Sunday, June 1, 2014

Why the world needs more female anti-heroes

With this weeks release of “Maleficent,” we see a rise in popularity of a female anti-hero, someone who is seen as a protagonist though they lack the noble and respectable qualities that make a person such.  Through shows like “Breaking Bad,” “Dexter,” “Mad Men,” and “Boardwalk Empire,” we have learned to embrace and root for the anti-hero, but only when said character is a man.  In our society, women are taught to be likable and the majority of female protagonists are portrayed this way.  When we see a woman doing the morally corrupt in order to get what she wants, we view her as selfish and entitled.  Though these women are ones we may not want to come across in our own lives, it is important that media portray all sides of women.

An argument could be made for each of the four protagonists (Hannah, Jessa, Marnie, and Shoshana) in HBO’s series “Girls.”  This is a show that resonates with me and many of my twenty-something peers because the characters find themselves in familiar situations--struggling with finding a job in the current economy, awkward dating scenarios, the ups and downs of female friendships--which are depicted more honestly than they usually are in media.  We are used to seeing women in more stylized situations and are often made uncomfortable by seeing these characters more realistic reactions.

Nancy Botwin is perhaps the closest we have, at least on this list, t0 a female Walter White.  The series “Weeds” picks up after the death of Nancy’s husband when she finds herself in a financial rut.  Through the first seasons audiences applauded Nancy for finding a solution to these problems, even if it meant growing and selling marijuana.  Unfortunately for Nancy, society sees mothers as a symbol of morality.  We have a much easier time letting it slide when a male character is depicted as being a bad dad, thus audiences shied away in later seasons when Nancy became more self-focused and was willing to put her family in dangerous situations to better herself.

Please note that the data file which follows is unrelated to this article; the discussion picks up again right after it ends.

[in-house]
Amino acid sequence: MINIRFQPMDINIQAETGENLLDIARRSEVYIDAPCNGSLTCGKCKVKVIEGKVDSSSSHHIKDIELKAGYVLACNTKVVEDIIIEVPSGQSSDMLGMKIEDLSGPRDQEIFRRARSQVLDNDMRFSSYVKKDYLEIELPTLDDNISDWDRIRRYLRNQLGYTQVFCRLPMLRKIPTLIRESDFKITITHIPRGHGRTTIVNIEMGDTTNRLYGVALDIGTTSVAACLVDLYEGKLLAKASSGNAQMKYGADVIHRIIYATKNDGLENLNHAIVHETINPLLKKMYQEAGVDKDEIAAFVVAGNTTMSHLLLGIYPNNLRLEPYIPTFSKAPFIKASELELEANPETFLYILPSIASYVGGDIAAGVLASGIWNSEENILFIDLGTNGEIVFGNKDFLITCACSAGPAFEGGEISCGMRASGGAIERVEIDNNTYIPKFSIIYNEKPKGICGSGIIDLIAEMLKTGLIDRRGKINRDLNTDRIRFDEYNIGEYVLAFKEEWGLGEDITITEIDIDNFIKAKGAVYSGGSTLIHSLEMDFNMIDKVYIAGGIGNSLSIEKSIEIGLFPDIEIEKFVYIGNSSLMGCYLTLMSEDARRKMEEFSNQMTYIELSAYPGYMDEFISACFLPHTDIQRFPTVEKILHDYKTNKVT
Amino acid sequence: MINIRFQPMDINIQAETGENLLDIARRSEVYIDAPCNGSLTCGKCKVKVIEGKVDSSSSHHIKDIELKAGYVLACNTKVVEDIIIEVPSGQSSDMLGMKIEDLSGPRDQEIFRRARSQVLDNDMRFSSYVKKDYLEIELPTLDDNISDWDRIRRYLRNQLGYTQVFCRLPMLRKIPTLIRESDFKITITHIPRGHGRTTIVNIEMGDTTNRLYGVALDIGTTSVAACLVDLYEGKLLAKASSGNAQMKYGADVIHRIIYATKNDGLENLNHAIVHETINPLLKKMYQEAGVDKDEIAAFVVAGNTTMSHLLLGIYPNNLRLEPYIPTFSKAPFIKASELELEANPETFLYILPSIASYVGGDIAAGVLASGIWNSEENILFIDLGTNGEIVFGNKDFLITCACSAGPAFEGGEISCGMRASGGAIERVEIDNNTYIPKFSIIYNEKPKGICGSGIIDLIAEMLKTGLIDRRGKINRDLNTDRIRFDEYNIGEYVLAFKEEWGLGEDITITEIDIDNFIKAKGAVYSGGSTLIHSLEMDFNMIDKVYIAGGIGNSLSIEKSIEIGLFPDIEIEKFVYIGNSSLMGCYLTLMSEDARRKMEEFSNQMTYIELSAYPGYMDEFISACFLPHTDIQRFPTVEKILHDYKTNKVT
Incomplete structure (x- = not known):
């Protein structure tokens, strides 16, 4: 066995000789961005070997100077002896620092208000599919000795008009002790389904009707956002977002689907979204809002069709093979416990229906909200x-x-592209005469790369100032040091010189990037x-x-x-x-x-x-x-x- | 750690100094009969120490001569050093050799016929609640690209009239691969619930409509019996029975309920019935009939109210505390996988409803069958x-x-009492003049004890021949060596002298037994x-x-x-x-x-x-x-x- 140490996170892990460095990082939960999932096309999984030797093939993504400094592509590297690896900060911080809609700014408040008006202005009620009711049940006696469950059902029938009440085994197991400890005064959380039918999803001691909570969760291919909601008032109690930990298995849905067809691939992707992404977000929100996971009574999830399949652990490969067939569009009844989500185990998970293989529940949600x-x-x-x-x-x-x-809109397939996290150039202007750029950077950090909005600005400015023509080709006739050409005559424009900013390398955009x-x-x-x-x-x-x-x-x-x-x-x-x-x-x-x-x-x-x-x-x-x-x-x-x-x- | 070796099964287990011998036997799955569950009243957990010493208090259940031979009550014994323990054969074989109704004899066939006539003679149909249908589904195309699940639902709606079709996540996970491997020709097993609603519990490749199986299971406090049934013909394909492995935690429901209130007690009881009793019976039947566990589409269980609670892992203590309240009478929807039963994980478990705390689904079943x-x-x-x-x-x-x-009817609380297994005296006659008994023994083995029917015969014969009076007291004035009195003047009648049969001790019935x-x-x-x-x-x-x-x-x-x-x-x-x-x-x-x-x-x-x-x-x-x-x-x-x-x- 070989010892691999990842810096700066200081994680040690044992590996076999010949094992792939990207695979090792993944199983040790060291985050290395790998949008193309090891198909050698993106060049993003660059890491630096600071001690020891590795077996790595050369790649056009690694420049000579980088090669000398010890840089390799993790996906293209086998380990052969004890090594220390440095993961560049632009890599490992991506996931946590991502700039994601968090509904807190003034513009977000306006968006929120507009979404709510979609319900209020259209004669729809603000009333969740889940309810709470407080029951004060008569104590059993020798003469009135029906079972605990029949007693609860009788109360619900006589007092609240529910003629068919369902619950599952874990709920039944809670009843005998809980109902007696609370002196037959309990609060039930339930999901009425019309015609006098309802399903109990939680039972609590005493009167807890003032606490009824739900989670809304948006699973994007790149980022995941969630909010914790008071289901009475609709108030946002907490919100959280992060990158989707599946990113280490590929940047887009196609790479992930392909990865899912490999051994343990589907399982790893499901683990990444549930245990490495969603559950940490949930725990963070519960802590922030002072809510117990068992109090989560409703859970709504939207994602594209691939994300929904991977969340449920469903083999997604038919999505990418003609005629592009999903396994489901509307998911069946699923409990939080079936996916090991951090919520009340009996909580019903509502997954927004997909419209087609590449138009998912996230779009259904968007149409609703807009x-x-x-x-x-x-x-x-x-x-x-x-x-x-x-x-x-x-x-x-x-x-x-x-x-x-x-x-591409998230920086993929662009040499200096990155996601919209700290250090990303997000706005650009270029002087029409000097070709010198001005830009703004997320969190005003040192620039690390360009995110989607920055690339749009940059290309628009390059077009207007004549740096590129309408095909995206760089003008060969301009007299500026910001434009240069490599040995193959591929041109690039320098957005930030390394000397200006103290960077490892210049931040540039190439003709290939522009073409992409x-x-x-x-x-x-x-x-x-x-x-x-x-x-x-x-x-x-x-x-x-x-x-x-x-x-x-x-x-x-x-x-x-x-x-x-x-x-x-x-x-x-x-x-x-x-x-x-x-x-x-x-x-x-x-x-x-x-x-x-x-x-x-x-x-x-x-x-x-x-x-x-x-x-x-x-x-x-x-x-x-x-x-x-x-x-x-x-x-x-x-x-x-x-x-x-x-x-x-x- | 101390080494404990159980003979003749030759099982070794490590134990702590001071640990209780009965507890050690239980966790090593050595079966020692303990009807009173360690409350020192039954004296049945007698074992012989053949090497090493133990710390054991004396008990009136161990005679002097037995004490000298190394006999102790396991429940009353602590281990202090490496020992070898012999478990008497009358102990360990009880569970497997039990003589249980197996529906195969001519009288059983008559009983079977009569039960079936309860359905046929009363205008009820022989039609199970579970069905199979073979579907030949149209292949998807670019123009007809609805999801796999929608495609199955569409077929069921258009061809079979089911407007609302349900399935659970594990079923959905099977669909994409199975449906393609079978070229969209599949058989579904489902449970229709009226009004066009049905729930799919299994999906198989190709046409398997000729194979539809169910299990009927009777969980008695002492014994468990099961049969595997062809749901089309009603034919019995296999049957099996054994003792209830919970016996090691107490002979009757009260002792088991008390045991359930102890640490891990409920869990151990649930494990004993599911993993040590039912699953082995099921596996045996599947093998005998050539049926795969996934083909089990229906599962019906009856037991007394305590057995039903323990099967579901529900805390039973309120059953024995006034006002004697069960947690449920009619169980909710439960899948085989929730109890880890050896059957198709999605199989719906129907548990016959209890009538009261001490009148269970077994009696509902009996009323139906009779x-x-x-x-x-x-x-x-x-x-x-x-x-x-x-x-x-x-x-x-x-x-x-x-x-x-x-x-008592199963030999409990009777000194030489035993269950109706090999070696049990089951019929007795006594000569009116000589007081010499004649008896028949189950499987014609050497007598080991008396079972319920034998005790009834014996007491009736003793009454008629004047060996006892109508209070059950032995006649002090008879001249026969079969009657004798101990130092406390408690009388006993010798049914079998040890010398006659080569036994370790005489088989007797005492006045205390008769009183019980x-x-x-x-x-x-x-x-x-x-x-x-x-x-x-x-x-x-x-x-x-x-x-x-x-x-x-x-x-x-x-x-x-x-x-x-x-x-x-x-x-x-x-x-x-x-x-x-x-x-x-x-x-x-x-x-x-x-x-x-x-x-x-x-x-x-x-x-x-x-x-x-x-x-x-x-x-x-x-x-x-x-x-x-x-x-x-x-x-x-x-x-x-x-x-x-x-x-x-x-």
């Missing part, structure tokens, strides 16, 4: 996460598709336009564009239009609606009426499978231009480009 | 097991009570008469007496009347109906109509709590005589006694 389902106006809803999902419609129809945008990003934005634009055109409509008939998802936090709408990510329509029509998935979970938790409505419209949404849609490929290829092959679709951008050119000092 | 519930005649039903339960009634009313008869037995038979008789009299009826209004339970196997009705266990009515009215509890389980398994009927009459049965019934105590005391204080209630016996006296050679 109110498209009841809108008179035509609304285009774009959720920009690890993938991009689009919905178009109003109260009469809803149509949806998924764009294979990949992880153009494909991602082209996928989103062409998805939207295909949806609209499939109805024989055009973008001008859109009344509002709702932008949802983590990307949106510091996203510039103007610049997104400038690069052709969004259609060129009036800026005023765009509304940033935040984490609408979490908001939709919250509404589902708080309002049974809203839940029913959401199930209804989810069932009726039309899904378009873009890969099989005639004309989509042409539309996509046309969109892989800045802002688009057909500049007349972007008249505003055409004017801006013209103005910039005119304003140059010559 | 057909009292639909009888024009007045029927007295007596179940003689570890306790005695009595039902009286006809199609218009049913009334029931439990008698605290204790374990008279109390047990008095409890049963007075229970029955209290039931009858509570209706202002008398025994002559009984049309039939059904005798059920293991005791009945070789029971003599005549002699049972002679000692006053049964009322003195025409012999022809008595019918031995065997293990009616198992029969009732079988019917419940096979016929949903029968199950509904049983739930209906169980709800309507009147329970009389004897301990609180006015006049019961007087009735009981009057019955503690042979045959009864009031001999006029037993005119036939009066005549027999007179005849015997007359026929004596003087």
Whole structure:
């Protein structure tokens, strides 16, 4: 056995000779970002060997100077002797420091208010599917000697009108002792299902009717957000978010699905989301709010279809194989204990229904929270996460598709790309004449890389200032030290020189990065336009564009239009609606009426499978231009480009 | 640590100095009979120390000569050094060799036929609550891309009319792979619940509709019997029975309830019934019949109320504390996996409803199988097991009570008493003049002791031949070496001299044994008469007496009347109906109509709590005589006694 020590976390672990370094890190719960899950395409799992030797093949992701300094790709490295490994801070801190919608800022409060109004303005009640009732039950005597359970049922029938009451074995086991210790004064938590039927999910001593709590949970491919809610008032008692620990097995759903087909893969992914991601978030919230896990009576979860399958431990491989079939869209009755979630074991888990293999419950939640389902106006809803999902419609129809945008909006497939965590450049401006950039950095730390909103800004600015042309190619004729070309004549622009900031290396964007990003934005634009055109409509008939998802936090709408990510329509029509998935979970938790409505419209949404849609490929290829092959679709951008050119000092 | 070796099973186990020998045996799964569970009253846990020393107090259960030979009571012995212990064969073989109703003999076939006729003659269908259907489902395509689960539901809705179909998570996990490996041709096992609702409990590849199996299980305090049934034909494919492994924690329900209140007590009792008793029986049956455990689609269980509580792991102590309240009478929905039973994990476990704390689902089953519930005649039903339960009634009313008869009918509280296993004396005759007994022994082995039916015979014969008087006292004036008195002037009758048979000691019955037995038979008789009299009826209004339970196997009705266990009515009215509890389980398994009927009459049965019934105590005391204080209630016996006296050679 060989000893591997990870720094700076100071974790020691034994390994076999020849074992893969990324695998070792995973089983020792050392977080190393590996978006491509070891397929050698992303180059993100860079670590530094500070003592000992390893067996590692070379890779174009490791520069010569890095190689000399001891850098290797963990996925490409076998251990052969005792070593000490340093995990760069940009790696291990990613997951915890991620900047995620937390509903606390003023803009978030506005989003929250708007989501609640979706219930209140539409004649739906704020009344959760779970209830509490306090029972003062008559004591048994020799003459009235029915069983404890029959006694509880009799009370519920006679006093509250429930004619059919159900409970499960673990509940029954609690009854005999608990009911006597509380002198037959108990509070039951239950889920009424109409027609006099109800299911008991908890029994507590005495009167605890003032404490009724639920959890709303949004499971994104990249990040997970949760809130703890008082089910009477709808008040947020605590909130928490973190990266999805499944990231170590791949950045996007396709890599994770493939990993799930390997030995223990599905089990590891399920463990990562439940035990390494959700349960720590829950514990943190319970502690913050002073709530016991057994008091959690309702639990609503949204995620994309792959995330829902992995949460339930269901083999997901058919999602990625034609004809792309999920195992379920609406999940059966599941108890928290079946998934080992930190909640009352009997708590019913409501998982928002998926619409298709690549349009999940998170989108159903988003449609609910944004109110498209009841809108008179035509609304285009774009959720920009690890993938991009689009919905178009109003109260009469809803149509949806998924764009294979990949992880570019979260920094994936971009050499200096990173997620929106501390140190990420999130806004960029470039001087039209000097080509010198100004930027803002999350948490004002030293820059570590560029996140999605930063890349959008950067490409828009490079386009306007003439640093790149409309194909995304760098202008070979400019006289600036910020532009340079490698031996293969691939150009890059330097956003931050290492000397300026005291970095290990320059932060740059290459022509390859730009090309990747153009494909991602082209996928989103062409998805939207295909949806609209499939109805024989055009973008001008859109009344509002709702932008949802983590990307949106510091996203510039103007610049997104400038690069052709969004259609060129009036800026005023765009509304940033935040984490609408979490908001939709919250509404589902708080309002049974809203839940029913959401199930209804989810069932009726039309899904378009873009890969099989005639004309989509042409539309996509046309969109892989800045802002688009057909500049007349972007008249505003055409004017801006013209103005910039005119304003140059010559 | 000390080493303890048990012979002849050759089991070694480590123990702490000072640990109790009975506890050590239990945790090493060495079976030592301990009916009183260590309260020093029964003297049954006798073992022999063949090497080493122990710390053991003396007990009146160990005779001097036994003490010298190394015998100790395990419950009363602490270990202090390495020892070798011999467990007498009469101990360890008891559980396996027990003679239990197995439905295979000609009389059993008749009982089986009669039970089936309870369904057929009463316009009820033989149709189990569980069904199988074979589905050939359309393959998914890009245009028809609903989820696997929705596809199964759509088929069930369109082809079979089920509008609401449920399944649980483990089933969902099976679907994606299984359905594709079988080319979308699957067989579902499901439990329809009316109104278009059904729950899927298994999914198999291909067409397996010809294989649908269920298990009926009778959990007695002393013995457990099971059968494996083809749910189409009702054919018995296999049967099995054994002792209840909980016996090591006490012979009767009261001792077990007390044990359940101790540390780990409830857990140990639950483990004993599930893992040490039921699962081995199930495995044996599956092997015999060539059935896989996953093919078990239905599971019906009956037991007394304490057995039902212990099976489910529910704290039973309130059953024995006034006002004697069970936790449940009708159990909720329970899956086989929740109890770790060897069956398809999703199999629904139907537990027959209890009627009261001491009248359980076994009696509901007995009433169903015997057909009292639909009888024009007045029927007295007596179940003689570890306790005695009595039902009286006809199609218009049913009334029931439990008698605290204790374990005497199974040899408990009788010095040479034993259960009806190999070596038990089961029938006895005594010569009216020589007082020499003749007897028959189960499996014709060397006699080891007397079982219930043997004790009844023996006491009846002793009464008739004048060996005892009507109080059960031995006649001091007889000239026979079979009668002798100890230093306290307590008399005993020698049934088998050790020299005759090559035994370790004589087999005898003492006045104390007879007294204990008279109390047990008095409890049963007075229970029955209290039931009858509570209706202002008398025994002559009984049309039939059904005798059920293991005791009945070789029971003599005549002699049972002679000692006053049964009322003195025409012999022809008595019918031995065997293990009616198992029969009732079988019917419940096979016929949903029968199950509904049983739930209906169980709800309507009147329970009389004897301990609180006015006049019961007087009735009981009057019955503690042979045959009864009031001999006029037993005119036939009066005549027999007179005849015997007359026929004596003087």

Having been a high schooler hellbent on being the hippest girl in school (I strongly believed a love of “Garden State” was all there was to it) when “Juno” came out, I was ecstatic several years later to hear Diablo Cody and Jason Reitman would be teaming up once again.  What may be the worst quality of Young Adult’s Mavis Gary, is that she knows how terribly and immature she is acting, but has no plans of changing her ways anytime soon.

“Masters of Sex” was one of my favorite new shows this year and a lot of that had to do with Lizzy Caplan’s portrayal of Virginia Johnson, one half of the groundbreaking team of sexologists Masters and Johnson.  One quality of an anti-hero is that they violate societal norms while continuing to succeed in society.  Though this show is set in the 1950’s, Virginia must overcome many restrictions women in the workplace still battle today.

No comments: